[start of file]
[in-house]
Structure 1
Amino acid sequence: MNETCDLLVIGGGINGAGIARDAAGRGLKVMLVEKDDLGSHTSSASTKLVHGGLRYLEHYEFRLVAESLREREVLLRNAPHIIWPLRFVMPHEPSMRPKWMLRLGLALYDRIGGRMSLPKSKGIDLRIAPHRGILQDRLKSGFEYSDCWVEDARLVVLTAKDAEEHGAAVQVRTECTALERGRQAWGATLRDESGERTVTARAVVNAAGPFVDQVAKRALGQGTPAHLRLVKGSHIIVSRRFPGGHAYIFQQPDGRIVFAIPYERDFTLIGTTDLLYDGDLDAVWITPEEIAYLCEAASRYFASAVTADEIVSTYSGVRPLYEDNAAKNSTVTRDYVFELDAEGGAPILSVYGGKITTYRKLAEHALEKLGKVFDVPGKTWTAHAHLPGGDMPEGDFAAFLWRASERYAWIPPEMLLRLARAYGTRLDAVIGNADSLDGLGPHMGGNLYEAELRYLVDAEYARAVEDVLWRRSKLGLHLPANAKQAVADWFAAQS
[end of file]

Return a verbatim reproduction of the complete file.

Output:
[in-house]
Structure 1
Amino acid sequence: MNETCDLLVIGGGINGAGIARDAAGRGLKVMLVEKDDLGSHTSSASTKLVHGGLRYLEHYEFRLVAESLREREVLLRNAPHIIWPLRFVMPHEPSMRPKWMLRLGLALYDRIGGRMSLPKSKGIDLRIAPHRGILQDRLKSGFEYSDCWVEDARLVVLTAKDAEEHGAAVQVRTECTALERGRQAWGATLRDESGERTVTARAVVNAAGPFVDQVAKRALGQGTPAHLRLVKGSHIIVSRRFPGGHAYIFQQPDGRIVFAIPYERDFTLIGTTDLLYDGDLDAVWITPEEIAYLCEAASRYFASAVTADEIVSTYSGVRPLYEDNAAKNSTVTRDYVFELDAEGGAPILSVYGGKITTYRKLAEHALEKLGKVFDVPGKTWTAHAHLPGGDMPEGDFAAFLWRASERYAWIPPEMLLRLARAYGTRLDAVIGNADSLDGLGPHMGGNLYEAELRYLVDAEYARAVEDVLWRRSKLGLHLPANAKQAVADWFAAQS